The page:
• Mastercard and McDonald’s have struck a deal that sees the payments provider acquiring the QSR’s personalisation technology company, Dynamic Yield. (CMO)
  • Patreon says creators earned $3.5 billion through subscriptions from 2013 to December 2021, up from $2 billion in November 2020. (The Information)
  • BuzzFeed, a 15-year-old company, went public in December. Vox Media, another digital outlet, is considering a similar leap. (News @ Northeastern)
  • The New York Times Co. has agreed to buy the subscription-based sports site The Athletic in a deal valued at around $550 million, according to multiple reports. (Media Post)
  • Microsoft has become the new owner of global programmatic marketplace, Xandr, after its former parent, AT&T, signed off on the deal. (CMO)
  • IBM has appointed Paul Burton as general manager of its Asia Pacific (APAC) business. Burton succeeds Brenda Harvey, who returns to the US to take up a senior role within IBM. (finews.asia)
  • A report, GroupM’s “2020-21 Consumer Tech Preferences” study, based on a survey of 1,000 US adults fielded in December, finds fewer Americans are keen on adopting new tech in their households, and a dramatic fall-off in those who are embracing Internet-of-Things applications. (Media Post)

  • Rokt has seen its company valuation hit US$1.95 billion after securing $325 million in a Series E funding round led by Tiger Global. (CMO)
  • British racing executive James Oldring has been appointed chief executive of Perth Racing. (Business News).
  • Advertising tech firm Smartly snaps up London-based Ad-Lib for $100m. (City A.M.)
  • Indiegogo has hired its first-ever chief marketing officer – Kristen Sager – and will boost ad spend by 40% as competition heats up with Kickstarter and GoFundMe. (Business Insider)
  • Spotify introduces Call-to-Action Cards, a visual ad format for podcasts that puts clickable cards inside show and episode pages. (Techcrunch)
  • Talent platform Upwork Inc. has tapped Melissa Waters as its new chief marketing officer. Waters previously was global VP of marketing at Instagram, a division of Meta (formerly Facebook). (Staffing Industry Analysts)
  • Streaming services provider Cinedigm has reached an agreement to acquire Digital Media Rights (DMR), a diversified specialty streaming, advertising, and content distribution company that was founded more than a decade ago by media industry veterans Michael Hong and David Chu. DMR is a global distributor of feature films and television series for the streaming ecosystem, with more than 7,500 titles under distribution and it has 10 channels focused on enthusiast audiences, six of which are free ad-supported streaming television (FAST) channels and/or video-on-demand apps (all apps have ad-supported VOD and premium, subscription VOD options). (TV Technology)
  • Consuming traditional forms of media – including books, music and television – has little effect on short-term adult well-being, according to a new study published in Scientific Reports. (News Medical Life Sciences)
  • Wunderman Thompson has partnered with Odyssey and built a bespoke metaverse. (Little Black Book)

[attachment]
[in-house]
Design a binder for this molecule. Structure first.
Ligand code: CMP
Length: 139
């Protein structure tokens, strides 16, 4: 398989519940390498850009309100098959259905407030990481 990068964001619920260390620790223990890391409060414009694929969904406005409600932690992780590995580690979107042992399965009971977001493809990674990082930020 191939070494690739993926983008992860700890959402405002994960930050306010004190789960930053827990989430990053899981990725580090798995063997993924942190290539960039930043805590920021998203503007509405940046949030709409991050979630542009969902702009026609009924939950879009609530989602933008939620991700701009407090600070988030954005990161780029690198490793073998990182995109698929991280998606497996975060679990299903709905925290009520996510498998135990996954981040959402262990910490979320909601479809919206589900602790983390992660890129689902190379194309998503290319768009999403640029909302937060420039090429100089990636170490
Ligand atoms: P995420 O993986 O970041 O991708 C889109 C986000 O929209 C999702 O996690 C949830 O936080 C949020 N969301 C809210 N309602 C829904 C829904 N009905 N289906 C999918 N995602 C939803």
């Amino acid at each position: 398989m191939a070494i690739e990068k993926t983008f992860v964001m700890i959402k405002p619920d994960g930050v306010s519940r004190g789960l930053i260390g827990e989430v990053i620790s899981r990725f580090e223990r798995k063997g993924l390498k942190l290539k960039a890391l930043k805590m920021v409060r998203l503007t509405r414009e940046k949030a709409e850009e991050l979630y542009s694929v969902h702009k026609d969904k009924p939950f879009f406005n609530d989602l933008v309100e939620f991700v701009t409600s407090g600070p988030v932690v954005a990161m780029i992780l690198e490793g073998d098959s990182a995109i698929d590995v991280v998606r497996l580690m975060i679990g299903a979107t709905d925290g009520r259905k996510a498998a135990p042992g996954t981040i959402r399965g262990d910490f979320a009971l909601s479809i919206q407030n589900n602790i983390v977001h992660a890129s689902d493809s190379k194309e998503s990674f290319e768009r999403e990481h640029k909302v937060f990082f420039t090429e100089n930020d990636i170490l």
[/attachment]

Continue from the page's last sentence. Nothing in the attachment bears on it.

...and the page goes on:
• Integrated-marketing agency, Grapes, has appointed Partha Sengupta as its creative director. He will be based out of the agency’s Delhi office and will report to Shradha Agarwal, chief operating officer and strategy head at the company. (Mint)
  • Evolved Search has promoted Tom Etherington to the role of managing director. Agency co-founders Ian McIntosh and David Watts will become chief executive officer and chief technology officer, respectively. (Prolific North)
  • Corona is introducing a new alcohol-free beer blended with Vitamin D called “Sunbrew”. Sunbrew is the first ever non-alcoholic beer to contain Vitamin D, according to Corona global VP Felipe Ambra, with 30% of the daily value of Vitamin D per 330 ml serving in Canada, the first market where it will be introduced.  (Ad Age)
  • Meanwhile, Grey Goose owner Bacardi has unveiled its first non-alcoholic ‘spirit’ brand, Palette, which has been created to elevate alcohol-free cocktails. (the Spirits Business)

  • Eric Pugh has been named The Muny’s new director of marketing, effective January 1, 2022. He will lead all marketing and communications for the theatre’s artistic and institutional programming and branding. (Broadway World)
  • Flash is looking for a homepage editor. (LinkedIn)
  • User-created content (UCC) accounts for 39% of media hours versus 61% for traditional studio media, according to new research from the Consumer Technology Association (CTA) and YouGov. Teens spend 56% of their time on UCC while consumers aged 55-plus spend just 22% of their time on it. Twice as many consumers report difficulty finding something to watch on traditional TV or recorded DVR than on UCC platforms like YouTube, Instagram and TikTok. (Marketing Dive)
  •  PETA supporters will descend on Liberty Media’s headquarters today to push its subsidiary GCI — an Alaskan internet service provider —to stop sponsoring the Iditarod dog race, in which more than 150 dogs have died. The event follows PETA’s recent stock purchase of Liberty Media in order to exert pressure at the company’s annual shareholder meetings. (peta.org)